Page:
Tuesday, January 27, 2015


Inventing the Hornet!
Credits:  Todd Dezago (script/co-plot), Mike Wieringo (pencils/co-plot), Richard Case (inks), Gregory Wright (colors), Comicraft’s Kiff Scholl (letters)

The Plot:  Spider-Man uses an anti-gravity harness developed by Hobie Brown as the basis for his new costumed identity -- The Hornet.  He soon discovers the Looter robbing the Daily Bugle’s safe.  Flash Thompson also stumbles upon the Looter and is taken hostage.  Hornet uses his quick wits to rescue Flash and apprehend the Looter.  Norman Osborn, impressed by his actions, offers the Hornet a place on his team.  The Hornet flies away.  Watching the press coverage outside the Bugle, the Vulture is incensed when the Hornet claims that no one will have to worry about Spider-Man now.

The Subplots:  Peter tests out the anti-gravity harness by giving MJ a ride through the sky.  When it’s clogged by bird feathers, they nearly crash.  Later, Billy Walters is stood up again by Peter when he goes into action as the Hornet against the Looter.

Web of Continuity:  The "stingers" Peter uses as the Hornet are the ones Ben Reilly designed as the Scarlet Spider.

I Love the ‘90s:  Billy calls the large shadow he sees in the sky (presumably the Vulture) “X-Files freaky.”  Later, Billy watches a news promo that says they’ll have the latest on the Hornet, “tonight following E. R.”  There are also references to Seinfeld reruns and Conan airing in late night, but that’s still true as I write this today.

We Get Letters:  An irate fan writes in response to a rumor in Wizard that claimed that Peter and MJ will soon divorce.  The editorial response doesn’t give a real answer, but it is worth noting, since it provides the first hint that a relaunch is coming:  “But we can say that we have been having a number of very serious conversations with a number of very interesting people about the future of the webhead.  Conversations that my render any upcoming stories or ideas quite moot.”  

Gimmicks:  All of the initial “Identity Crisis” covers are actually double-covers.  One with Spider-Man and one with the new identity.  The cover price remains the same.  You can view an archive of every cover on the I Love Comic Covers blog.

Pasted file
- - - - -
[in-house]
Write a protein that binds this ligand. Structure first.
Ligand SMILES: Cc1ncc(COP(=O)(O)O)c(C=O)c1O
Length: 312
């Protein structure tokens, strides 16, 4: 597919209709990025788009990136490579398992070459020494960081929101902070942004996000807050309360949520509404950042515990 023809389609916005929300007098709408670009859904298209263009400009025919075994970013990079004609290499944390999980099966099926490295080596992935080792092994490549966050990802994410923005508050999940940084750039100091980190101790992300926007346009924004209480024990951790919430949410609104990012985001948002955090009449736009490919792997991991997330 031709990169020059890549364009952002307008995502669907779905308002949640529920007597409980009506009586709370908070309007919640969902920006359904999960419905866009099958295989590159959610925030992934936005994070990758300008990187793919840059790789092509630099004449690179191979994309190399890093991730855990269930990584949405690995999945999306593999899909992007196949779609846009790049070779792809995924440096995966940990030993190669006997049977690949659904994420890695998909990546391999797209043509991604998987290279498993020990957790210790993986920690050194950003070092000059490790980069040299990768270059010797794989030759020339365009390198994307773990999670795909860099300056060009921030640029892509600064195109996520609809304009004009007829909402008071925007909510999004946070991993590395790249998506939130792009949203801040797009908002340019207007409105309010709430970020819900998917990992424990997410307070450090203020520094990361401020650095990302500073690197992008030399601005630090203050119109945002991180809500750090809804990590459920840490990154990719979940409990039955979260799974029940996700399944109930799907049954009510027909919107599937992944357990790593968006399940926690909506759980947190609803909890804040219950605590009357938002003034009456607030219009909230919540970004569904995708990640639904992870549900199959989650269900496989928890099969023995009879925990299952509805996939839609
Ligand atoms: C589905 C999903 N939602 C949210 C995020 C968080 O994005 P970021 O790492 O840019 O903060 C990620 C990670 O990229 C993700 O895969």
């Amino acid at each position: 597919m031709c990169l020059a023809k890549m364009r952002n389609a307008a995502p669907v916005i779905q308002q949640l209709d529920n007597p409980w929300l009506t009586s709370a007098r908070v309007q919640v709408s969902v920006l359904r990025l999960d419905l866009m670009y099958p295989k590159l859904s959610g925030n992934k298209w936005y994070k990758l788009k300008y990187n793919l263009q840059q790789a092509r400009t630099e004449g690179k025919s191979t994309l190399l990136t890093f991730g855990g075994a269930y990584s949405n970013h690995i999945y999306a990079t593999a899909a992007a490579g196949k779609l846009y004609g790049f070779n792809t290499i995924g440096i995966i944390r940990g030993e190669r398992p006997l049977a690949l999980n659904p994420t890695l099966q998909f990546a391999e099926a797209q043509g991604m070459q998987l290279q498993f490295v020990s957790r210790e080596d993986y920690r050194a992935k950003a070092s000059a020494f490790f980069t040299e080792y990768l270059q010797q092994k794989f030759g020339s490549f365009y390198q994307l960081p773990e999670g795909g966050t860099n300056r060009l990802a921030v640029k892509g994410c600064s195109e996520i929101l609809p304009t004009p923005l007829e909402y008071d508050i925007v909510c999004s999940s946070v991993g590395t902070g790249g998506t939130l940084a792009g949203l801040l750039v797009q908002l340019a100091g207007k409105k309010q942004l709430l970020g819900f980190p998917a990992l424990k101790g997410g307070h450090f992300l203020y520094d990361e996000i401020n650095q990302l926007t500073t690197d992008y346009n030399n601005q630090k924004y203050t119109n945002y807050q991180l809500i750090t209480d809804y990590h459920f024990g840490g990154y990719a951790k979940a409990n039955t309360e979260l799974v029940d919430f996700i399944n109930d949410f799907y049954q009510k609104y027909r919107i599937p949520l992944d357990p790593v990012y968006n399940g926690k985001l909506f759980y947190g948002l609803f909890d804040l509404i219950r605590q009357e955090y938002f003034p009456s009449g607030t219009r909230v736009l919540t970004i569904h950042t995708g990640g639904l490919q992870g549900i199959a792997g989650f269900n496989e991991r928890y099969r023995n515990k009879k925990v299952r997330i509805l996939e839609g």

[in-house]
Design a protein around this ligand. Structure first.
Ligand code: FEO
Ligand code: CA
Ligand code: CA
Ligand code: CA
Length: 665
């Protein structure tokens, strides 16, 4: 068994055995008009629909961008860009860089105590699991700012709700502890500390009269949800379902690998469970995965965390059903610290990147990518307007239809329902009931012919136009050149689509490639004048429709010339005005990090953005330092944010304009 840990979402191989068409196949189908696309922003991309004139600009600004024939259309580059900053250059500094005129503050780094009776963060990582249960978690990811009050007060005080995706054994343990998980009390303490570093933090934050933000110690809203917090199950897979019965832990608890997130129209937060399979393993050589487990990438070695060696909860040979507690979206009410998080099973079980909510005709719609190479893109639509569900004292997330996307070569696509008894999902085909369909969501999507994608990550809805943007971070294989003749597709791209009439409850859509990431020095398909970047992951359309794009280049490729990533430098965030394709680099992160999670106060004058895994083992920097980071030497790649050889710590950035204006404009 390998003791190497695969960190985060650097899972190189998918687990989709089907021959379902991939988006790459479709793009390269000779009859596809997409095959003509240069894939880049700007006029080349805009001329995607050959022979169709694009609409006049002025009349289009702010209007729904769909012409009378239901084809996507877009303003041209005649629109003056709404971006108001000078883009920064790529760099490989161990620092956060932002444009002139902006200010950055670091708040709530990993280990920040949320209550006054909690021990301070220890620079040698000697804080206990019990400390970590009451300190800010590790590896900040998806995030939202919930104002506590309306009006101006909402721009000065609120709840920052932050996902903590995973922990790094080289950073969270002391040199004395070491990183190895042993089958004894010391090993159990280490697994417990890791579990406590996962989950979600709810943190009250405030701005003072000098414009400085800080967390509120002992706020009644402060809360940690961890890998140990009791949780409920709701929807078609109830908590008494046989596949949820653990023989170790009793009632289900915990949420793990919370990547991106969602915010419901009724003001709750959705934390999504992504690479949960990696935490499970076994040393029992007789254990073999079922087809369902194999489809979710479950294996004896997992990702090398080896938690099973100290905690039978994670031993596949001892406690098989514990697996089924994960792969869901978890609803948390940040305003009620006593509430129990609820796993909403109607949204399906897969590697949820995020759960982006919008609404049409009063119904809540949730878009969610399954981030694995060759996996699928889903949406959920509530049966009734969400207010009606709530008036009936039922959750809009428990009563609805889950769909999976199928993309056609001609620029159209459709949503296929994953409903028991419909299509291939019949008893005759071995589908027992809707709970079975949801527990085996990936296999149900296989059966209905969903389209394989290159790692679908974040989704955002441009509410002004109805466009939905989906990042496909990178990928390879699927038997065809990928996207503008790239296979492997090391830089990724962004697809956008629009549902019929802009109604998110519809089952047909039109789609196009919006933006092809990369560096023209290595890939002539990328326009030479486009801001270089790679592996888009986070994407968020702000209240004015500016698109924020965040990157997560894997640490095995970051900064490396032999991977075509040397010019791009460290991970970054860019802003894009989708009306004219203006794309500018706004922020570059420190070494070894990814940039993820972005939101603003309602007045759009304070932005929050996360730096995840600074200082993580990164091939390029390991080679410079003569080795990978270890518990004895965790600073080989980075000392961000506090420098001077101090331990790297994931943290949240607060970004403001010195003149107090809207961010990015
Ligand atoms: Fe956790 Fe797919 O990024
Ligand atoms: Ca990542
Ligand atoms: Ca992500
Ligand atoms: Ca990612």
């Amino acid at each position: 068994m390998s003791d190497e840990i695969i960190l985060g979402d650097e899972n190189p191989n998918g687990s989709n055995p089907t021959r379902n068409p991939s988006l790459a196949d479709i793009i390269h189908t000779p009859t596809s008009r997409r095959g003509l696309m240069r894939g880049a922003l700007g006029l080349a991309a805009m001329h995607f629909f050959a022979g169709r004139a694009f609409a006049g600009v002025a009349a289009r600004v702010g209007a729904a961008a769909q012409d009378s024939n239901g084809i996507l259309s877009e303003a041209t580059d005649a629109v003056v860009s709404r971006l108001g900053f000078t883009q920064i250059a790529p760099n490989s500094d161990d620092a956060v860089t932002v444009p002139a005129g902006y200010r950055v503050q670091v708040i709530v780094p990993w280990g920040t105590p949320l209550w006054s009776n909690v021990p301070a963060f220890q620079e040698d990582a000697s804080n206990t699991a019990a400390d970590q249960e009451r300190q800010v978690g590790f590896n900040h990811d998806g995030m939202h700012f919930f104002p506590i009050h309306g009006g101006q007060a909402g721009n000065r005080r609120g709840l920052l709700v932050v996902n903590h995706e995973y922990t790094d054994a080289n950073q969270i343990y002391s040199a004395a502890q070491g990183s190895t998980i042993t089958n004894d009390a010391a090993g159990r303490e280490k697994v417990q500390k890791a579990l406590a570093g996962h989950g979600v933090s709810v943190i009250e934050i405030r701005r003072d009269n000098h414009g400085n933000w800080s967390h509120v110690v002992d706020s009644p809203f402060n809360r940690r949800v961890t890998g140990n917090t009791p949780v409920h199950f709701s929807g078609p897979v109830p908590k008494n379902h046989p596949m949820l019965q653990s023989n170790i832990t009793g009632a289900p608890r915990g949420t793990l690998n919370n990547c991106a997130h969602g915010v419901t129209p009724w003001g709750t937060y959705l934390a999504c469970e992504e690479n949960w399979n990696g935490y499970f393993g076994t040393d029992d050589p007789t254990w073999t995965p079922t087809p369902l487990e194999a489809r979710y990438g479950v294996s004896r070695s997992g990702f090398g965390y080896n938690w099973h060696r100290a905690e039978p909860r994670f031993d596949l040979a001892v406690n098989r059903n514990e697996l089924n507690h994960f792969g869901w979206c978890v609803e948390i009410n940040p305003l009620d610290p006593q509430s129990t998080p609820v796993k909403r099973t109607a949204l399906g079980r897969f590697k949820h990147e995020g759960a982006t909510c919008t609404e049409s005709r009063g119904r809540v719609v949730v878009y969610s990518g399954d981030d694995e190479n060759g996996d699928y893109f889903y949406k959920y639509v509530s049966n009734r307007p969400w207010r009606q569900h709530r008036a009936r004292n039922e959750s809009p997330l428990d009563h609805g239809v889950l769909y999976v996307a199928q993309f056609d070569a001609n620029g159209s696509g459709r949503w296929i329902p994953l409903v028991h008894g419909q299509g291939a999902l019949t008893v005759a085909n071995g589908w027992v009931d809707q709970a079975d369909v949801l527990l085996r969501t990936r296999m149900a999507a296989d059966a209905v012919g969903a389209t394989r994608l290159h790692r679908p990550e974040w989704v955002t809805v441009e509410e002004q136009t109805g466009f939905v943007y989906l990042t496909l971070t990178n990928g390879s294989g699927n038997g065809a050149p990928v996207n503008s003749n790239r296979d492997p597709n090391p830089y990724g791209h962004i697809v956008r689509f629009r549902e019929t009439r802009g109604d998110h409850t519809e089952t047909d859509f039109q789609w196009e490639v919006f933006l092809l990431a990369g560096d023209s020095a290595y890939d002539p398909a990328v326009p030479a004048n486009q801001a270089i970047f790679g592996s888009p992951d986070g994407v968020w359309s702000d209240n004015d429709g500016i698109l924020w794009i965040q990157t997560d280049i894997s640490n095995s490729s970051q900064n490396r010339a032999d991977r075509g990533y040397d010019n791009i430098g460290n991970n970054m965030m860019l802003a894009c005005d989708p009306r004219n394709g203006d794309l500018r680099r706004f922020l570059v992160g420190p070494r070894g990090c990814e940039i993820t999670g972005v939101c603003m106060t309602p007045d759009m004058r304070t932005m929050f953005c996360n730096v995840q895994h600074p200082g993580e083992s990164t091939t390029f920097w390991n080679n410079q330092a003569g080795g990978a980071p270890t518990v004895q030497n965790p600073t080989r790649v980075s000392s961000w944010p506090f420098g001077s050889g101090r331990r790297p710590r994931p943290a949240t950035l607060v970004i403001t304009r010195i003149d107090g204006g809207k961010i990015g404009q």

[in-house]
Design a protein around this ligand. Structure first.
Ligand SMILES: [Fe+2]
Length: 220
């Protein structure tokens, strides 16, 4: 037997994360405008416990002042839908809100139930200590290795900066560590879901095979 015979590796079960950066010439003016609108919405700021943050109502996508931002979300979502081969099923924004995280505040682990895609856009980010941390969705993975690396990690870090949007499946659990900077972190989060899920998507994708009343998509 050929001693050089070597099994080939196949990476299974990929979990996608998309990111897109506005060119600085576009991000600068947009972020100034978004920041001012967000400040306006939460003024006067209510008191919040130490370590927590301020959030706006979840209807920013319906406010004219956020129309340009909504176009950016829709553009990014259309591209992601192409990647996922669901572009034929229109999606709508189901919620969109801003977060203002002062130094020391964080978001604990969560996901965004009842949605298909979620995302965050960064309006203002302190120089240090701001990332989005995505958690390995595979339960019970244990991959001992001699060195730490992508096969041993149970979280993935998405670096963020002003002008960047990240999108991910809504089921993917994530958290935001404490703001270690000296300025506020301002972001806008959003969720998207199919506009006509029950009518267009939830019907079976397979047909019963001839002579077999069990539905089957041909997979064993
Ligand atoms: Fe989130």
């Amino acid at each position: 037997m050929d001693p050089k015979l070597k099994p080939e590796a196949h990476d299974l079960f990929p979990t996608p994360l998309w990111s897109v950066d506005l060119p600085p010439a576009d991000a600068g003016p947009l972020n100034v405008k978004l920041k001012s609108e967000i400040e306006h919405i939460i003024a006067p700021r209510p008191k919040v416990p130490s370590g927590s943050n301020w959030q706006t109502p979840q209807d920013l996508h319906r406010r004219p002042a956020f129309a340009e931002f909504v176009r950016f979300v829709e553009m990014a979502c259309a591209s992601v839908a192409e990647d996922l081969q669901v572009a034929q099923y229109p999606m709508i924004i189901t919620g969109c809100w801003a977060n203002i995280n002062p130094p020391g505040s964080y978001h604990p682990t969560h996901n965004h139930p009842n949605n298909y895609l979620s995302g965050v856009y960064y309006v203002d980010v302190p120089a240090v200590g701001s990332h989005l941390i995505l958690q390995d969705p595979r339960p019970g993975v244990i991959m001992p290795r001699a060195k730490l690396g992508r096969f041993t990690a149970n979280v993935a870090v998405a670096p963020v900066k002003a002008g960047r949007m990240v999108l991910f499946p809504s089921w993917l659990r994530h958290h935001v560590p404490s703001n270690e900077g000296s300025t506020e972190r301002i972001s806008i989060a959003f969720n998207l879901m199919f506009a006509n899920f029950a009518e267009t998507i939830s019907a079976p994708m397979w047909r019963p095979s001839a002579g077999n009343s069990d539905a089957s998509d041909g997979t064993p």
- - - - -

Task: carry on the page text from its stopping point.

Review:  After a month of teasing, “Identity Crisis” finally begins.  I remember the initial response to the solicitation hype was tepid to say the least, but the titles gained positive word of mouth as the months progressed.  The only positive word of mouth I can recall the Spider-Man books receiving during this time, to be honest.  I have no real affection for any of the alternate identities, but I can’t say any of them particularly bother me either.  I recognize this as a gimmicky event storyline from the get-go, and I don’t think there’s any attempt by the creators to hide this fact, which is admirable.  It’s a fun diversion for a few months, and that’s a decent enough justification.  Within the context of the story, there’s no real reason for Peter to suddenly adopt four new identities (one would clearly do if his goal is simply to avoid being Spider-Man), but I can see the appeal of giving him a different persona in each spinoff.  It’s a creative use of the multi-title format, and it’s a clever way to have the titles connect with one another without directly crossing over.

Todd Dezago and Mike Wieringo open the event with yet another reminder of how much they love the Looter.  I liked their previous use of the villain, although I think they take his obsession with his precious meteor too far this issue, indicating that he genuinely loves the rock and is now treating it like a high school crush.  It’s too silly to come across as creepy, yet not funny enough to justify the diversion into surrealism.  The light-hearted tone works better in other areas, thankfully, such as the playful narrator.  Narrators in superhero comics are usually boring or pretentious, on the rare occasion they appear anymore, so it’s a relief to see someone try to make the narrative captions special.   My favorite bit is when the narrator switches to the wrong flashback by mistake.  Sensational, at its best, is a book with personality, and that’s on display this issue.

Regarding the Hornet identity, the creators do put some effort into making the new persona remain unique to Peter Parker.  Hobie could never use the anti-grav harness as the Prowler, but Spider-Man’s super-strength can carry the excessive weight without a problem.  Ben Reilly already adopted the use of stingers, so it’s logical that Peter would revive them.  And I suppose it could be argued that spider-powers and hornet-powers would both allow Peter to move like an insect, so there’s no big stretch there.  I do think it’s strange that Peter is making very obvious statements as the Hornet that indicate a connection between him and Spider-Man, which would seem to undermine the entire point of the story.  This could perhaps be dismissed if done as a quick joke, but instead it becomes a major plot point, leading into the next issue’s Vulture story.

1 comment:

Harry Sewalski said...

I've been waiting for you to get to Identity Crisis! These are the only issues of Spidey from this era I have - I bought the original printing trade from eBay a few years ago, being a fan of the Slingers at the time. Glad to see you're enjoying it so far; I'll be interested to see what you think of the rest.

Personally, I think that Dusk is utilised the best, followed by Hornet, then Prodigy, then Ricochet (which is a pity, as Ricochet is my favourite of the four...). I won't give my opinions of the issues for fear of spoilers, but I'll be interested to see how your opinion lines up with mine.

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